This Is Why Actors Should Stay Out of the Gun Debate

Photo by Evan Agostini/Invision/AP, File

There's a new movie coming out called Civil War. The premise is sort of bizarre, in part because it has California and Texas teaming up as one of a number of factions seeking to take out Nick Offerman's presidency.

Apparently, the reason for this is never really discussed, which is probably for the best, because I don't see Greg Abbott and Gavin Newsom finding a lot of common ground on, well, anything.

But the prospect of a new civil war in this country is all too real and all too terrifying, which is probably why there's interest in this movie at all.

One of the film's stars, though, Kirsten Dunst, clearly illustrates how little she understands about national politics, all while she's trying to pretend she actually does understand them.

Especially with regard to her comments on guns.

Kirsten Dunst plays veteran war photographer Lee, who is accompanied by her colleague Joel (Wagner Moura) and rookie reporter Jessie (Cailee Spaeny) as she heads to Washington, DC to interview the embattled president (Nick Offerman).

The audience never learns exactly what has caused this civil conflict, but the film will speak to the political anxieties of many Americans, says Dunst, who was Oscar-nominated for the psychological drama The Power Of The Dog (2021).

“For me personally, I’m most concerned lately about women’s rights and also about gun control in the US,” says the 41-year-old American actress, who also appeared in Sam Raimi’s Spider-Man trilogy (2002 to 2007).

The proliferation of guns in the US makes her fear for her family’s safety. She has two sons, aged five and two, with husband Jesse Plemons, the 36-year-old American actor who appeared with her in the crime comedy-drama Fargo (2014 to present) and also has a supporting role in Civil War.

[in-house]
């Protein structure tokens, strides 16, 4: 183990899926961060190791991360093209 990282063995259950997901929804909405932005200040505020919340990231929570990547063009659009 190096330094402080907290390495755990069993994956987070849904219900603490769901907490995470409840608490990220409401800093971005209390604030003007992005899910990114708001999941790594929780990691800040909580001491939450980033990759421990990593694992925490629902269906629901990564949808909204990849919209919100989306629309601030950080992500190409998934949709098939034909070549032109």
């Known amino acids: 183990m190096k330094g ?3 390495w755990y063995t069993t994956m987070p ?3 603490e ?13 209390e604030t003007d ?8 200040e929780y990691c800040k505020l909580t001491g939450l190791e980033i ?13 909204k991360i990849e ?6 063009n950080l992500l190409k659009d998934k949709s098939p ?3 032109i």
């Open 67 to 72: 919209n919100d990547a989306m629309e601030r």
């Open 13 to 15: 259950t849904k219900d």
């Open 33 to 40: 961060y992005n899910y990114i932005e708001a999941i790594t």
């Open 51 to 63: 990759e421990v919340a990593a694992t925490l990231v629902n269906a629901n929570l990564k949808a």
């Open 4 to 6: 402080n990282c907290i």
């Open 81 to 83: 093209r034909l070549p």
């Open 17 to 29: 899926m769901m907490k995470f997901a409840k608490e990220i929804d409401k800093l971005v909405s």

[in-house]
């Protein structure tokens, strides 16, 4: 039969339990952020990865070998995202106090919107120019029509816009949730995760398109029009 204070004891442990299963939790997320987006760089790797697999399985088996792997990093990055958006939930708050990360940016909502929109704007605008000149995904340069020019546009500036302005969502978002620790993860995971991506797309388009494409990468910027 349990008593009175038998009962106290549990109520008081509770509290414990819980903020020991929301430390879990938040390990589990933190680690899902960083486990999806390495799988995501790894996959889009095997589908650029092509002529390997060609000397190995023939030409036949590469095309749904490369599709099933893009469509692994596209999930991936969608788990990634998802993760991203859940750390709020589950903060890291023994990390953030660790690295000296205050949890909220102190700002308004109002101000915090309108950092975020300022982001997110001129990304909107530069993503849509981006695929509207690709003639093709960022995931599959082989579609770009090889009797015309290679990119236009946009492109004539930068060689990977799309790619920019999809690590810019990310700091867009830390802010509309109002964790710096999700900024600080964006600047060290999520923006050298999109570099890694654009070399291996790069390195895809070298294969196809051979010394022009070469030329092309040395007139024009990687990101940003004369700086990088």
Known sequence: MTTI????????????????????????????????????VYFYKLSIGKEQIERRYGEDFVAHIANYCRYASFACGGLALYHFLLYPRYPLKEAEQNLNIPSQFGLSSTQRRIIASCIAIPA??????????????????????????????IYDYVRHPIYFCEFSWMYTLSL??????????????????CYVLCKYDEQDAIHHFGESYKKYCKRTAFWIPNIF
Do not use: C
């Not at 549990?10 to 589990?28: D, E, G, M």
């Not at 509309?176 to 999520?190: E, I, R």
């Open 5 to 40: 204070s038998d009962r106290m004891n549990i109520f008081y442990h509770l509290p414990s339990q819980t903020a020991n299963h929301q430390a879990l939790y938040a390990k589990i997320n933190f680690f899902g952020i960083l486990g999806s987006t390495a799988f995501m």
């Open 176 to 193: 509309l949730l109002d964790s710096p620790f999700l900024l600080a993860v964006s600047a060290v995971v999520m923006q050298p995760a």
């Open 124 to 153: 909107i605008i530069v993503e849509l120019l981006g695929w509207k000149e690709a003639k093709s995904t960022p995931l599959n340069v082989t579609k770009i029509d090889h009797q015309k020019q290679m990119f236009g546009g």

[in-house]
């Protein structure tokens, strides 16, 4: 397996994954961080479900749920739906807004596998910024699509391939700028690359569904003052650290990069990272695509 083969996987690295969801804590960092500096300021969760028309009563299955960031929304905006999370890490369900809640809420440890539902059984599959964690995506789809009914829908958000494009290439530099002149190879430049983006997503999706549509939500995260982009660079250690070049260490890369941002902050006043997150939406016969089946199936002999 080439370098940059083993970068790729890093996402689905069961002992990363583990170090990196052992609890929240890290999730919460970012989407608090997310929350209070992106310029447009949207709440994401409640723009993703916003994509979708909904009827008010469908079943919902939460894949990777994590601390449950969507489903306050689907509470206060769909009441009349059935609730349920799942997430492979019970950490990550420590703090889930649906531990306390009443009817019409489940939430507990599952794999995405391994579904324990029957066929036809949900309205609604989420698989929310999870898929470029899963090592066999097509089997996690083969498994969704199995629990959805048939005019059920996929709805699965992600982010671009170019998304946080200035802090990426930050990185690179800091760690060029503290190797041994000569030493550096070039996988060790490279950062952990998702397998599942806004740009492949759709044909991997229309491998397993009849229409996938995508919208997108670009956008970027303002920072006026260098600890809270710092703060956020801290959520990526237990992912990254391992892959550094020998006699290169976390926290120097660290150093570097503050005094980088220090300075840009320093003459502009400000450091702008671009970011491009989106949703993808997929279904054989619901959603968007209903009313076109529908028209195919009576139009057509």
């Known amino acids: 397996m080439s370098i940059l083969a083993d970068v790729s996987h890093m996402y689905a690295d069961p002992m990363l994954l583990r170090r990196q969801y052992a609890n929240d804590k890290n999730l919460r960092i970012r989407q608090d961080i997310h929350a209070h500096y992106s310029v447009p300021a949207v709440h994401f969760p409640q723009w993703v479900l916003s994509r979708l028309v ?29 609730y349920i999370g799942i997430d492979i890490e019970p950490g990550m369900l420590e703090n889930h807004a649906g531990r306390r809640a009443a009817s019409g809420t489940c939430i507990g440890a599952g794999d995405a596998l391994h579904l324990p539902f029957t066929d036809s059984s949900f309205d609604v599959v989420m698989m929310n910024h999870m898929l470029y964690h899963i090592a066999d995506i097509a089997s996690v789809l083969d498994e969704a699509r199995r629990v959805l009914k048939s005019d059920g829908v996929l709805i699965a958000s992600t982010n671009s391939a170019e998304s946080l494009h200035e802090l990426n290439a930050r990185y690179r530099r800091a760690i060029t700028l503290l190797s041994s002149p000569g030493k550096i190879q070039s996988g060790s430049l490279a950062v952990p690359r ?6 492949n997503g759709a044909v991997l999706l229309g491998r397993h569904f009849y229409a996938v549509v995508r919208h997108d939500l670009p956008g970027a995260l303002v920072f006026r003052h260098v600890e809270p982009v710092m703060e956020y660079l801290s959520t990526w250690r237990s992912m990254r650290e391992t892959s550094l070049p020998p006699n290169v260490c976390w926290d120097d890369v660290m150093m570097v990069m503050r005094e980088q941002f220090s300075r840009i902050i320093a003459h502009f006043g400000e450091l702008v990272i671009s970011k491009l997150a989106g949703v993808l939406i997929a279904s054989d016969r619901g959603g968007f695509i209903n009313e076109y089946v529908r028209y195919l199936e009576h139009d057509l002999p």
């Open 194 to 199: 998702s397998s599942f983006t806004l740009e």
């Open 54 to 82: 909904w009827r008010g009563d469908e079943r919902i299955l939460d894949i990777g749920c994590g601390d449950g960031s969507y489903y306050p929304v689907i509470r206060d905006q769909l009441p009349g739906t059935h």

“Having children and being worried about being in a park – having those thoughts is just part of being a mother or a father in America,” she says.

Guns are ubiquitous in the film’s story and for Dunst, the danger they pose to Americans is all too real.

“When (the 2012) Sandy Hook (school shooting) happened, I was in high school, but I knew then that if killing a bunch of kindergarteners didn’t change gun laws, nothing would.

“The gun control in the US is insane,” she says.

Now, Dunst lives in a free nation, so she's entitled to any opinion she wants.

I just find it funny that she's in a movie about a civil war, and she's pushing an opinion that's probably the one most likely to start a civil war.

The right to keep and bear arms is an essential, constitutionally protected right, one that has kept tyranny in check for generations. If you think elected officials don't at least consider the possibility of an armed response from a populace who has the means to resist, you're out of your mind. Not enough consider that, in my book, but at least some do. It's why they keep turning up the heat slowly instead of all at once.

See, the issue with Dunst, like most actors, is that they live in a bubble. They're affluent people who can afford to hire security and who often find themselves protected by people with guns, but because they can outsource it, they almost never consider that a lot of us can't.

Within that bubble, gun control supposedly makes all the sense in the world because the only people with guns are the hired help and the criminals.

For the rest of us, those that face a world where they can be awakened in the middle of the night with glass breaking or gunshots outside their own--me, just this past week, for example--and the only help is police that can take 20 minutes to get there or longer, things don't get to be so clean.

Actors spend their lives playing make believe. I suppose it's good work if you can get it, but it doesn't clue you into the real world.

Dunst says she hopes the movie sparks conversations. The first one I'd have with her is why her pushing for gun control is the kind of thing most likely to lead to the events in the film. It won't be California and Texas teaming up, mind you--I just don't see that combination happening under any circumstances--but the nightmares likely portrayed in the move would also likely be just the tip of the iceberg.

All gun control efforts are just the next step in a plan that leads to our disarmament. We're not rolling over for that.

We're all just lucky we can win in the courts and in the legislatures. That's the only thing heading off another civil war at this point, and not the conversation Kirsten Dunst hopes we have.